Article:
Keith Payne was born at Ingham, Queensland, on 30 August 1933. He attended Ingham State School and afterwards became an apprentice cabinet-maker. During this time he also served with the 31st Australian Infantry Battalion in the Citizens' Military Force. Seeking greater opportunities, Payne joined the Australian Regular Army in August 1951 and after his basic and initial employment training was posted to the 2nd Battalion, Royal Australian Regiment (2RAR) in December 1951.
Payne was transferred to the 1st Battalion, Royal Australian Regiment (1RAR) in July 1952 and later that month was sent to Japan as an infantry reinforcement. In September 1952 he was sent to Korea, where he joined his unit. He served with the battalion until they were rotated out of Korea in March 1953, whereupon he was taken on strength of Headquarters, 28th British Commonwealth Brigade. He remained with this formation until the end of the Korean War, and returned to Australia in August 1953.
In December 1954 Payne married Florence Plaw, a member of the Women's Royal Australian Army Corps. He was promoted to corporal the following year and spent much of the next five years attending various courses and schools of instruction to further his army career.
In February 1960 Payne was posted to the 3rd Battalion, Royal Australian Regiment (3RAR), then based at Enoggera in Queensland. He was promoted to sergeant in July 1961 and deployed to Malaysia in August 1963. During an operation on the Malay-Thai border in October 1964, Payne was slightly injured when he fell into a river as he was crossing. He remained on duty and returned to Australia with 3RAR in February 1965.
Later that month Payne was posted to the 5th Battalion, Royal Australian Regiment. However, the posting was only brief, and in June that year he was appointed as an instructor to the Officer Training Unit at Scheyville, New South Wales.
In February 1967 he joined the 2nd Pacific Islands Regiment in Papua New Guinea. He was promoted to warrant officer class 2 in May that year and returned to Brisbane at the conclusion of his posting in March 1968.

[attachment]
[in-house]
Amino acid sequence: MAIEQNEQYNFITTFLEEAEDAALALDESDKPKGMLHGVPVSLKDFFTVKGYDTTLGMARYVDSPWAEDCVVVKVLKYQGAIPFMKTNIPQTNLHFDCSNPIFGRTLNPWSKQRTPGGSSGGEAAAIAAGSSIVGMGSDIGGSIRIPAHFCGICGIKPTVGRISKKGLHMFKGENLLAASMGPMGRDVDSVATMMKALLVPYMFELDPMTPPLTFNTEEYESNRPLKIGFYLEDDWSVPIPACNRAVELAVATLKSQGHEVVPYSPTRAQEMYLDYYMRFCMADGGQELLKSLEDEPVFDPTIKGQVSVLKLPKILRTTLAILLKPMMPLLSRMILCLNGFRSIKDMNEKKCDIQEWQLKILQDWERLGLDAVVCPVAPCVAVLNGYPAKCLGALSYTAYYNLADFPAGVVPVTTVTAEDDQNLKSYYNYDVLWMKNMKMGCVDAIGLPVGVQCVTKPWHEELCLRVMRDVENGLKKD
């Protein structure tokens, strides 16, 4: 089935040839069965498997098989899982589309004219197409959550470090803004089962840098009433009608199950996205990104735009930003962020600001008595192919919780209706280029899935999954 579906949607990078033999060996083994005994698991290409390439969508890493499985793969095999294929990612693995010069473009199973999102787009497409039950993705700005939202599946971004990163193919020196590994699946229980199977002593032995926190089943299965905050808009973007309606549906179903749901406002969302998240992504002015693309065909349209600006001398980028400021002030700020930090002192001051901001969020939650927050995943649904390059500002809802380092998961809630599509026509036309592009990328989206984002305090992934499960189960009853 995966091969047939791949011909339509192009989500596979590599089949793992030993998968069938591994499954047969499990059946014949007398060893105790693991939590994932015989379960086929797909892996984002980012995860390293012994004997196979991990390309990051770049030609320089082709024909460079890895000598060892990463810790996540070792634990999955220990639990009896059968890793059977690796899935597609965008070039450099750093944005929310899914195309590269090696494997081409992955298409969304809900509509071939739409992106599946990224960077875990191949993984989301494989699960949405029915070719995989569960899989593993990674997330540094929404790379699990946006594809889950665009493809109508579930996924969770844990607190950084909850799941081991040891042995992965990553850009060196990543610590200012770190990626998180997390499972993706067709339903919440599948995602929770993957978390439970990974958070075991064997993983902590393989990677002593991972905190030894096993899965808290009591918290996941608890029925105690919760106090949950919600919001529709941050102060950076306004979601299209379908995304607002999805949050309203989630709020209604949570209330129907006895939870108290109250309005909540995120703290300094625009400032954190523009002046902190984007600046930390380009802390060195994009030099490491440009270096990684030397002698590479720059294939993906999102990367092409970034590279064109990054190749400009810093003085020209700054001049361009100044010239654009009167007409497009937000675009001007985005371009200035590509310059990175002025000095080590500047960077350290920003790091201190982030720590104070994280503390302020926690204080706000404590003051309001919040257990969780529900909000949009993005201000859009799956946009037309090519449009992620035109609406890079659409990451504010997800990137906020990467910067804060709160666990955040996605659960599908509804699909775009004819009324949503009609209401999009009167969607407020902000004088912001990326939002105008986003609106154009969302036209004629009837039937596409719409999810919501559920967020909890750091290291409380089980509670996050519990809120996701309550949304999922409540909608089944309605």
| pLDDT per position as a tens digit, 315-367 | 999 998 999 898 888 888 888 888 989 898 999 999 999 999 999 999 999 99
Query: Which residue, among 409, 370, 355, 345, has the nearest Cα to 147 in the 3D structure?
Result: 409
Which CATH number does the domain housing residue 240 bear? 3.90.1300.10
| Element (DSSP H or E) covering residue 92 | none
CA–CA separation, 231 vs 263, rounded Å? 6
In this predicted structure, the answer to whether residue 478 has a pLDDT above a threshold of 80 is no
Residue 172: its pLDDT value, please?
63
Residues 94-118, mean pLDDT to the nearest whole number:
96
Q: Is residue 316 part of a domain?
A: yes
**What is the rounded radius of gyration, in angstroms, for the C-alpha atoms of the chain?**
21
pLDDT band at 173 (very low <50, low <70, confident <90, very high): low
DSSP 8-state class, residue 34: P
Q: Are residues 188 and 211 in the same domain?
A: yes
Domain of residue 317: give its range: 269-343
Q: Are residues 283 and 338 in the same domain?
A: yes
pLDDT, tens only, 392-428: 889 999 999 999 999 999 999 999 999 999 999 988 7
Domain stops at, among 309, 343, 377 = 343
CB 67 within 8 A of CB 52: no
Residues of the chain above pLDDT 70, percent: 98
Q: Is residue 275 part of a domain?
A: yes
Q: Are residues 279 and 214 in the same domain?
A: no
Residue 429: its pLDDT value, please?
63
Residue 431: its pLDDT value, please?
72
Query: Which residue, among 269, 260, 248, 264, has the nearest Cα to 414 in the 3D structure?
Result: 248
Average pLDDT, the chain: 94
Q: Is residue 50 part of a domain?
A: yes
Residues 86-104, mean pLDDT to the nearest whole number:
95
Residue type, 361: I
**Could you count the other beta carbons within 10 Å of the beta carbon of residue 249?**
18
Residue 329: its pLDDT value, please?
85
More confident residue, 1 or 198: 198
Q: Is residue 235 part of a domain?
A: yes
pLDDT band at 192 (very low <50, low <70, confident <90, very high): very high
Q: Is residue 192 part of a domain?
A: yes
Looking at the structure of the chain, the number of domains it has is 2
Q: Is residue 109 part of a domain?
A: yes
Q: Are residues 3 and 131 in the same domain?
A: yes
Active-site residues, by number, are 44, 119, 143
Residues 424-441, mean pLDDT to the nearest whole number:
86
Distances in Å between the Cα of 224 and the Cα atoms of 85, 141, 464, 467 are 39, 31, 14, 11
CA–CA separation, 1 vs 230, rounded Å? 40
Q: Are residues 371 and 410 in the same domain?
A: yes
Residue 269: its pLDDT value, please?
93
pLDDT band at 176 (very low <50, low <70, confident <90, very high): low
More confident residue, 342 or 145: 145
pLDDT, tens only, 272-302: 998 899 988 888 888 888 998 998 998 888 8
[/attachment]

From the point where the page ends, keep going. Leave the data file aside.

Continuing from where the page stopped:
On 24 February 1969 he was appointed to the Australian Army Training Team in Vietnam. In May that year he was commanding the 212th Company of the 1st Mobile Strike Force Battalion when it was attacked by a strong North Vietnamese force. His company was isolated and, surrounded on three sides, Payne's Vietnamese troops began to fall back. Payne, by now wounded in the hands and arms and under heavy fire, covered the withdrawal before organising his troops into a defensive perimeter. He then spent three hours scouring the scene of the day's fight for isolated and wounded soldiers, all the while evading enemy troops, who kept up harassing fire. He found some 40 wounded men, brought some in himself and organised for the rescue of the others, leading the party back to base through enemy-dominated terrain. Years later, asked whether he was afraid, Payne replied, "My God yes, yes, I was." Payne's actions that night earned him the Victoria Cross.
He was evacuated to Brisbane in September suffering from an illness, receiving a warm reception at the Brisbane airport before entering hospital. He had recovered by November, and in January 1970 was posted as an instructor to the Royal Military College, Duntroon.
Payne received his VC from Her Majesty Queen Elizabeth II aboard the Royal Yacht, Britannia in Brisbane on 13 April 1970. He was made a Freeman of the city and of the shire in which his hometown was located. A park in Stafford, Brisbane, where Payne lived, was also named after him. He received the Distinguished Service Cross and the Silver Star from the United States, and the Republic of Vietnam awarded him the Cross of Gallantry with Bronze Star. He retired from the army in 1975, but saw further action as a captain with the Army of the Sultan of Oman during the Dhofar War.
Payne returned to Australia and became active in the veteran community, particularly in counseling sufferers of post-traumatic stress disorder.